The tall ships are a-comin’ for a summer tradition on the Great Lakes.
These majestic sailing vessels will sail to 15 Ontario ports this summer to commemorate the bicentennial of the War of 1812.
Toronto’s waterfront is the place to be as it will be the only port to host a full fleet of 16 ships as they travel throughout Ontario.
SETTING YOUR COURSE
The party happens at the Redpath Waterfront Festival from June 20 to 23 for the “official launch” of the Tall Ships’ 1812 Tour.
There will be four days of urban beach fun with no charge to attend (aside from deck tours).
“The tall ships will be moored along the entire two kilometres of Toronto Waterfront,” says Peter Toppazzini, chair of the Water’s Edge Festivals and Events Board.
The opening ceremonies are June 20 from 6:30 p.m. to 8 p.m. and feature the entire fleet while the closing grand finale Parade of Sail happens on June 23 from 4 p.m. to 6 p.m.
It’s said that staring up the mast of a “tall ship” brings thoughts of pirates and long sea voyages.
Each ship carries treasure – stories of adventure and intrigue, stormy seas and calm waters.
The term “tall ship” is often used to describe sailing vessels that have at least one tall mast to hold the sails in order for the wind to provide power to move forward.
Many tall ships are historic vessels, while some are replicas, and while in port visitors can come onboard.
They can hear the crew’s stories and learn about sailing these full-rigged ships, barquentines with three or more masts, two-masted brigs and brigantines, and schooners with two or more masts.
Deck tours are offered daily from 10 a.m. at Queen’s Quay, Lower Spadina Avenue to Lower Sherbourne Street.
Activities include War of 1812 interactive theatre, FlyBoard demonstrations, a “spectacular” after-dark lights and multimedia show along with food, fun and entertainment.
The ships are currently in the St. Lawrence en route to the Great Lakes and in Brockville this weekend through Sunday. tallshipsbrockville.com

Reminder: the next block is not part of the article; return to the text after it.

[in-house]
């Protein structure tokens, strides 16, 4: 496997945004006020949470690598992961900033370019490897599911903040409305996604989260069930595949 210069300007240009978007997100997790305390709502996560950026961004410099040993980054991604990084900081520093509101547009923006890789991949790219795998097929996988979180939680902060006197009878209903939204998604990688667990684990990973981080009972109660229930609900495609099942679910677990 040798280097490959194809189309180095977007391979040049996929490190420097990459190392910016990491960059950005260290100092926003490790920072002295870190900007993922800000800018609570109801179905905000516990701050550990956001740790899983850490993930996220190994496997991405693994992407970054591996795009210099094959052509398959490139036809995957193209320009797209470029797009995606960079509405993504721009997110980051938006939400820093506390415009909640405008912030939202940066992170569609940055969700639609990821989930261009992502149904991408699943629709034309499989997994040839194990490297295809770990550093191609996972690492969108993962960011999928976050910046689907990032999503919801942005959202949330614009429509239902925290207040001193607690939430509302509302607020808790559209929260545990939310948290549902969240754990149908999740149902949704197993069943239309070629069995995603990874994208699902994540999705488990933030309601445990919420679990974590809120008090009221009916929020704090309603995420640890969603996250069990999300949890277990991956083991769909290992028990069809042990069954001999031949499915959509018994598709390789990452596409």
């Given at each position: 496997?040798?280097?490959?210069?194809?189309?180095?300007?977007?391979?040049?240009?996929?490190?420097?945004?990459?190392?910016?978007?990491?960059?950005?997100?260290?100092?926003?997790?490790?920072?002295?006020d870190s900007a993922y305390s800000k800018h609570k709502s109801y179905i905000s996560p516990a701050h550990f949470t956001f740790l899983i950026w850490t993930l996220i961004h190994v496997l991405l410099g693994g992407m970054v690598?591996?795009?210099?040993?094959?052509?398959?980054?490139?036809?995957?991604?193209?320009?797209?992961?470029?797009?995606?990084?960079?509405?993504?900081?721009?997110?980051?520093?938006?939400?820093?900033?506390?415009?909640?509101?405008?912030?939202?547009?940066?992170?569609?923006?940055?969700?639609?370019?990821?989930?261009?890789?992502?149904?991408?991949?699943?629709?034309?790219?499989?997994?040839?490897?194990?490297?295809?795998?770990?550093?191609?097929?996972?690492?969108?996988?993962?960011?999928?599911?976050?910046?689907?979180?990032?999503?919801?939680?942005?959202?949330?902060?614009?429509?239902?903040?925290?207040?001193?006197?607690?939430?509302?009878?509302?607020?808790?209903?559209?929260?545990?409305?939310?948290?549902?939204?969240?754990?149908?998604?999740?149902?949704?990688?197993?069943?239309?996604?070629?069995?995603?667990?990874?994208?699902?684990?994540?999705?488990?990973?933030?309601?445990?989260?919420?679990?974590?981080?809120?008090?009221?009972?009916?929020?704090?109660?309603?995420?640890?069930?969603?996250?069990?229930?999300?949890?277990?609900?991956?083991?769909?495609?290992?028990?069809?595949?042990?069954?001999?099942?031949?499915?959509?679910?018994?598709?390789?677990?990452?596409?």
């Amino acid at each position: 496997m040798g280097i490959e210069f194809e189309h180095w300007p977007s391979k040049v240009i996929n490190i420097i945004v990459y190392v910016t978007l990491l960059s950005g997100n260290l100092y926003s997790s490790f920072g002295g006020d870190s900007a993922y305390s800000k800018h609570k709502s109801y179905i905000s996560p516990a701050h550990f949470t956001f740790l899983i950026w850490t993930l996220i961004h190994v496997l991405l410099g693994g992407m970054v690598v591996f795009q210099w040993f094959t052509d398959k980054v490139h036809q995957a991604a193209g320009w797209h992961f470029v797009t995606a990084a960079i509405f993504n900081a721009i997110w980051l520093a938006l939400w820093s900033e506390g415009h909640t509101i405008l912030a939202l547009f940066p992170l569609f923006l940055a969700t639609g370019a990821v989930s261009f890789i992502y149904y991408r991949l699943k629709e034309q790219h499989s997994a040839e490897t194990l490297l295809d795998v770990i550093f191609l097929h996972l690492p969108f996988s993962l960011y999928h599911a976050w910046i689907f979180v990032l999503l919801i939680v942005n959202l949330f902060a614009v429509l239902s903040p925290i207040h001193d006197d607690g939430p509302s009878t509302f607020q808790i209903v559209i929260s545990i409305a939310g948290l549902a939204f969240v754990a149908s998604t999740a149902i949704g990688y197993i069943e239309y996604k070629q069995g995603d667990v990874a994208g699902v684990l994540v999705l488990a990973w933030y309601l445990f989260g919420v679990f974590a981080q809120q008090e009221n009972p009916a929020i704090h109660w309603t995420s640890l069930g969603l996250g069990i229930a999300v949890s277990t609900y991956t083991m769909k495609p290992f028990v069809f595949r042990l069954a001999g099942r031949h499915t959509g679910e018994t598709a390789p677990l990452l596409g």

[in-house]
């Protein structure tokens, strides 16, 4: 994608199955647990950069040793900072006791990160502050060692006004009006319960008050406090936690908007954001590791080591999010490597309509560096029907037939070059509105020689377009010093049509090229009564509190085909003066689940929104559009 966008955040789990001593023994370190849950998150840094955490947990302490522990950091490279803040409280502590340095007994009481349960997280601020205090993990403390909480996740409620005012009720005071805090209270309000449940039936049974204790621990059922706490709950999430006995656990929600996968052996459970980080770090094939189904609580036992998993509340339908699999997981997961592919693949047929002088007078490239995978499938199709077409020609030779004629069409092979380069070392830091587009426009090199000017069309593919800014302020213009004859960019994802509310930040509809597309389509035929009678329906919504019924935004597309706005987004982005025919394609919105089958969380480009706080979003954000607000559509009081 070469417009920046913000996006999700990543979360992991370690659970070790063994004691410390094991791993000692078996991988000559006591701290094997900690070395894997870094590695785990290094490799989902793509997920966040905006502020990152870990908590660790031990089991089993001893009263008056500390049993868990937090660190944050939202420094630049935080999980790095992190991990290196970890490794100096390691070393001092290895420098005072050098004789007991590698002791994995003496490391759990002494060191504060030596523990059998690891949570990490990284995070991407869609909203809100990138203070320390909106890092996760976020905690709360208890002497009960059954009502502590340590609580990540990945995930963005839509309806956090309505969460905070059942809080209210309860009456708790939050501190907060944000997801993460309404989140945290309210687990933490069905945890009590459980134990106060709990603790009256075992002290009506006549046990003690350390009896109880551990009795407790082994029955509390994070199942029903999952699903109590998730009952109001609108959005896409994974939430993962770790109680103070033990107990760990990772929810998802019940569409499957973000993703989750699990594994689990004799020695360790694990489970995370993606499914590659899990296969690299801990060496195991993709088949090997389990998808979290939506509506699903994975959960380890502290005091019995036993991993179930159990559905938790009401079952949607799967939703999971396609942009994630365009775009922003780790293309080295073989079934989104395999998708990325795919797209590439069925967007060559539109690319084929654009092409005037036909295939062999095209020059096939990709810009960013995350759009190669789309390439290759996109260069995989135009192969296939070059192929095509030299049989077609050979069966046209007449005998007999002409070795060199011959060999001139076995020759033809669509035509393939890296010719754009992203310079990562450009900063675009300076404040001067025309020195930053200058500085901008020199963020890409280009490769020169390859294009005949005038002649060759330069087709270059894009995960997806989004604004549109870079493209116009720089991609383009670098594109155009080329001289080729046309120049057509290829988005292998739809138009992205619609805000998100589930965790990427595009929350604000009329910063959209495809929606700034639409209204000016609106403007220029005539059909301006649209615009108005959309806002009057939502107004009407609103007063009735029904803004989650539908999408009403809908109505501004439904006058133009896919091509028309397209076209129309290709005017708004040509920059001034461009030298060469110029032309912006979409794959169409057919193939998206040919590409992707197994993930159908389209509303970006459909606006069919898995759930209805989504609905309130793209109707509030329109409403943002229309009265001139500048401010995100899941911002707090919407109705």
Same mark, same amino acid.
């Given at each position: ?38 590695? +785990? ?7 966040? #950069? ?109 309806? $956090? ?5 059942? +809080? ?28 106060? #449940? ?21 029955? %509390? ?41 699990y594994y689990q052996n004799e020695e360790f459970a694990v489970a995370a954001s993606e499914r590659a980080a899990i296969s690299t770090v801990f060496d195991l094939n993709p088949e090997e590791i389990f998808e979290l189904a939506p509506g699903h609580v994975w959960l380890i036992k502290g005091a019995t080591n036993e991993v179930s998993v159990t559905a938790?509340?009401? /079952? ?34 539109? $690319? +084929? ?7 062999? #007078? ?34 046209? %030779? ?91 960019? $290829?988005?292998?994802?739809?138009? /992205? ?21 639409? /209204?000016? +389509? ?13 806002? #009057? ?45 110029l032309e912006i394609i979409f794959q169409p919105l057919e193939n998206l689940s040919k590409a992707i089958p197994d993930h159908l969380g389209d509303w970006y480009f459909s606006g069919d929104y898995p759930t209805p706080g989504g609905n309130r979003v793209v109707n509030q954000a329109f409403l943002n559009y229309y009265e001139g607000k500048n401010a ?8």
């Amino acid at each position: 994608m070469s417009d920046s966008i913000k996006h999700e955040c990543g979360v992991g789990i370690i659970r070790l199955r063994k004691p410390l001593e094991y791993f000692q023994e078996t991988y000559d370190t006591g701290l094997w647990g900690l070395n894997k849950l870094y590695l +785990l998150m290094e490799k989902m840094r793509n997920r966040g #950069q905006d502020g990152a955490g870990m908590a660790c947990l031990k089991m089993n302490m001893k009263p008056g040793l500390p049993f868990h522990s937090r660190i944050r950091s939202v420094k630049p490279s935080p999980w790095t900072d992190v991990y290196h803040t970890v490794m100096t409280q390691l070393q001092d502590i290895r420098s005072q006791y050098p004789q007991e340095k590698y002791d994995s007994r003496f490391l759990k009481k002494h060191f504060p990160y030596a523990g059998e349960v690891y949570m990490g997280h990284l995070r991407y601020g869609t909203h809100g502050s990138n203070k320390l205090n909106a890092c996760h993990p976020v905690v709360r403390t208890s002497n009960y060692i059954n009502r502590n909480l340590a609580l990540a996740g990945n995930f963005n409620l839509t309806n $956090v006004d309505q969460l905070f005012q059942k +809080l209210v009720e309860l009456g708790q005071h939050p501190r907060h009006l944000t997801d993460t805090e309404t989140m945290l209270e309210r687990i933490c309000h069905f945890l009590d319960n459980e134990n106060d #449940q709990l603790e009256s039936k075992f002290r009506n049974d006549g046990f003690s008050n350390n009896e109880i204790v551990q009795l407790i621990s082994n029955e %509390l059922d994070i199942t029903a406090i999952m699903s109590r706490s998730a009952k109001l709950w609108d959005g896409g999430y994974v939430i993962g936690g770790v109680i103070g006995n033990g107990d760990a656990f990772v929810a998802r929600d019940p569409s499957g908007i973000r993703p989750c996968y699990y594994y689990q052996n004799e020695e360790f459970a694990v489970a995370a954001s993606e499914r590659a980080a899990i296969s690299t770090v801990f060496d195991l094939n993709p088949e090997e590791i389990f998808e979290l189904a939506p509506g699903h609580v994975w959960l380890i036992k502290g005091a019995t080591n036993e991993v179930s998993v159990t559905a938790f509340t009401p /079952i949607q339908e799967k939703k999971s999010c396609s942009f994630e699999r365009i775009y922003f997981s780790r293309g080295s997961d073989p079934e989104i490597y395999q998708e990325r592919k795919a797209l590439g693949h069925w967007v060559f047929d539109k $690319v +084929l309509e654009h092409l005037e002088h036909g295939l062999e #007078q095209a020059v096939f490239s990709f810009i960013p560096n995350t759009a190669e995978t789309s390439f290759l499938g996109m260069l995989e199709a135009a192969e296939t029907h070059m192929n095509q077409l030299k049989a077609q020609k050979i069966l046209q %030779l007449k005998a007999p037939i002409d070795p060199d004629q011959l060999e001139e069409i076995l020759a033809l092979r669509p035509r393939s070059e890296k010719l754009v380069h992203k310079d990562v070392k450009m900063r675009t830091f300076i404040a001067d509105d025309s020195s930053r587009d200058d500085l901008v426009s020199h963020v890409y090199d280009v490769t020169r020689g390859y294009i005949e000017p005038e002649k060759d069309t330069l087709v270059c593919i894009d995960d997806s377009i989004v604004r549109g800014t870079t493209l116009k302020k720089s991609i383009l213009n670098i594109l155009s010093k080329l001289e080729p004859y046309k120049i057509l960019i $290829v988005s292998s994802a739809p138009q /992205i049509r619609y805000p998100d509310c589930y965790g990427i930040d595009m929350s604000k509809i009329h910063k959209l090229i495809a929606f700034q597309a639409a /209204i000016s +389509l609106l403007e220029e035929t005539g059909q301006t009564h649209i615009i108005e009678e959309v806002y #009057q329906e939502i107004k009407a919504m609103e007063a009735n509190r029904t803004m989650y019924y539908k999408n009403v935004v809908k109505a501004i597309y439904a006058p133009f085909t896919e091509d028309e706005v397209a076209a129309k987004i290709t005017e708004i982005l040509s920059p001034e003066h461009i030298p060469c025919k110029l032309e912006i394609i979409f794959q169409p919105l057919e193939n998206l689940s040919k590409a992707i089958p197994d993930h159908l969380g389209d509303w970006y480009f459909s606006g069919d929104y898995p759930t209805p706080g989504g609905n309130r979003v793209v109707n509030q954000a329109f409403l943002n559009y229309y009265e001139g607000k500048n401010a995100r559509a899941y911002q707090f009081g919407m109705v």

THE FLEET IS IN
Fighting, training and school ships are among the vessels, many of which are visiting Toronto for the first time.
The tallest is Norway’s Sorlandet that plied the Great Lakes back in 1933 when she sailed to Chicago for the World’s Fair.
She is commemorating the 80th anniversary of that historic visit with a special delegation of Norwegian dignitaries onboard.
From the first sail-training school for young people in Kingston is the St. Lawrence II brigantine built 50 years ago.
Peacemaker, a three-masted barquentine from Georgia, will be visiting along with the Unicorn and its all-female crew.
Unicorn was built in Holland in 1947 with her hull constructed with steel salvaged from German U-boats.
Other ships are Canada’s Liana’s Ransom; Fair Jeanne; Pathfinder; Playfair; and Caledonia; and from the U.S., Pride of Baltimore II; Privateer Lynx; Schooner Hindu; and Brig Niagara.
The Canadian schooners Challenge, Empire Sandy and Kajama are Toronto Harbour ships and an extension to the fleet that will offer daily sailings during the festival.
ALL THINGS NAUTICAL
For details about the tall ship festivals:
- Redpath Waterfront Festival Toronto, June 20-23: towaterfrontfest.com
- Tall Ships Hamilton, June 28-30: 1812hamilton.com
- St. Catharines 1812 Tall Ships Visit, June 29-30: niagara1812tallships.com
- Sails on the St. Marys, Sault Ste. Marie, July 19-21: algoma1812.com
- Tall Ships 1812 Georgian Bay, Aug. 16-18 and 24-25: 1812bicentennial.com
- Southwestern Ontario: Sails to See (Windsor-Essex-Pelee Island), Aug. 30-Sept. 2: coastaltrails.ca